Falling Oil Prices Could Rock Third World Boats: Marsh’s 2015 Political Risk Map

Map rates 185 countries on political, macroeconomic and operational risk

Geopolitical problems and falling commodity prices present challenges for foreign investors, says Marsh’s 2015 Political Risk Map and report. Based on data from Business Monitor International (BMI), the map rates 185 countries on political, macroeconomic and operational risk.

The report’s key findings include falling crude oil prices will likely benefit oil-importing countries and the global economy as a whole, but could negatively impact oil exporters. BMI lists Angola, Chad, Equatorial Guinea, Iran and Venezuela as being at severe risk for deteriorating political profiles should prices continue to fall.

BMI also reports that like last year’s political violence in the Middle East, North Africa, Ukraine and Thailand, other countries may face mass protests and political unrest in 2015. Frustration over economic mismanagement and a single leader holding power for decades could lead to severe problems in Benin, Cameroon, Democratic Republic of Congo, Sri Lanka and Venezuela. Inspired by Scotland’s 2014 referendum, separatist movements in Spain and Bosnia and Herzegovina could ramp up their efforts and create more political uncertainty.

Another contributing factor to global instability is the perception that the U.S. won’t strongly interfere in international crises, BMI says. At the same time, there are more and more powerful countries acting on the world stage, and their interests don’t always line up.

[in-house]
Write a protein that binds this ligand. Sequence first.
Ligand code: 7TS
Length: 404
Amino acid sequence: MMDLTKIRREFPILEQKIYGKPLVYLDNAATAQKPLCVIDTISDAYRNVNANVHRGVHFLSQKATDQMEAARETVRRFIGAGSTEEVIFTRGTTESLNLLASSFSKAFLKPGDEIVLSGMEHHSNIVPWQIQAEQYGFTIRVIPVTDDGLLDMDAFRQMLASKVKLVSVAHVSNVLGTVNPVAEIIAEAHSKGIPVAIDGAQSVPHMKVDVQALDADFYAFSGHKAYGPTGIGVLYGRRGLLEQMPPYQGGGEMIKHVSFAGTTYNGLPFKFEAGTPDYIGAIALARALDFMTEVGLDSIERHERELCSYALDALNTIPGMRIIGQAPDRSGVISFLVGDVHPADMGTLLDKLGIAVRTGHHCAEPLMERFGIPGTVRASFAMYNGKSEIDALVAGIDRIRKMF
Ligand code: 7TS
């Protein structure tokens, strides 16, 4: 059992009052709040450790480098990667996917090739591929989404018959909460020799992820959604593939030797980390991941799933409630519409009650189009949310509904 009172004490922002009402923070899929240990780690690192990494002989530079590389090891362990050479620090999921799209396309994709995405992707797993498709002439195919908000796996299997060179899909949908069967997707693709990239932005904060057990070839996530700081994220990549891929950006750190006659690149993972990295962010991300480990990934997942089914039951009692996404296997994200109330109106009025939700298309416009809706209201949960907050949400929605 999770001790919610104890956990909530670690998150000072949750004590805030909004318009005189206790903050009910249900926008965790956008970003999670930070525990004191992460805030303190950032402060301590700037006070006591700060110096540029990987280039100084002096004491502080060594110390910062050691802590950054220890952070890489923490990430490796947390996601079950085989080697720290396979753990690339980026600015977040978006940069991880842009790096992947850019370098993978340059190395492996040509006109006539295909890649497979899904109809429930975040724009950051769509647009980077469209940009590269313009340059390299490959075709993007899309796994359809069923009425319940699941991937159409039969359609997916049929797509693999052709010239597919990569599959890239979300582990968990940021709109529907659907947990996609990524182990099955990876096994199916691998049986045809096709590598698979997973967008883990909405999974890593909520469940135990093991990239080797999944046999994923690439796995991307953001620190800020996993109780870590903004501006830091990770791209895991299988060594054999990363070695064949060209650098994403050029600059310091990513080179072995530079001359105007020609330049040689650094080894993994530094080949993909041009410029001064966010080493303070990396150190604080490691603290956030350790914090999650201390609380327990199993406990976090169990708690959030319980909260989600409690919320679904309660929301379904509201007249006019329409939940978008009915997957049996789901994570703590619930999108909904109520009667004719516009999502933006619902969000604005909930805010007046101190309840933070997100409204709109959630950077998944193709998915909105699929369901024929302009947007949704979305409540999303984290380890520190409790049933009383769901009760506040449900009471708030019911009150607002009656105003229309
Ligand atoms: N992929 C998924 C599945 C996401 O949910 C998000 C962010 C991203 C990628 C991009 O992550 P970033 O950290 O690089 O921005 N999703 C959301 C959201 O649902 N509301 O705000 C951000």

“If these countries are emboldened by the perceived weakness of the United States, that could lead to more conflict,” says BMI head of global political and security risk Yoel Sano.

Events in 2014 demonstrate how quickly political and economic concerns can develop into crises, even in traditionally stable countries.

“For risk managers, the message is simple: Be prepared for anything, including in countries previously considered above reproach,” says Marsh’s global credit and political risk practice leader Evan Freely.

In addition to purchasing insurance, the report suggests, businesses should evaluate the impact of potential political risk events to their operations, staff, customers and suppliers.

These trends may affect international elections scheduled for 2017. In addition to a new U.S. president taking office, the year will see elections in the France, Germany, China, Iran and South Korea.

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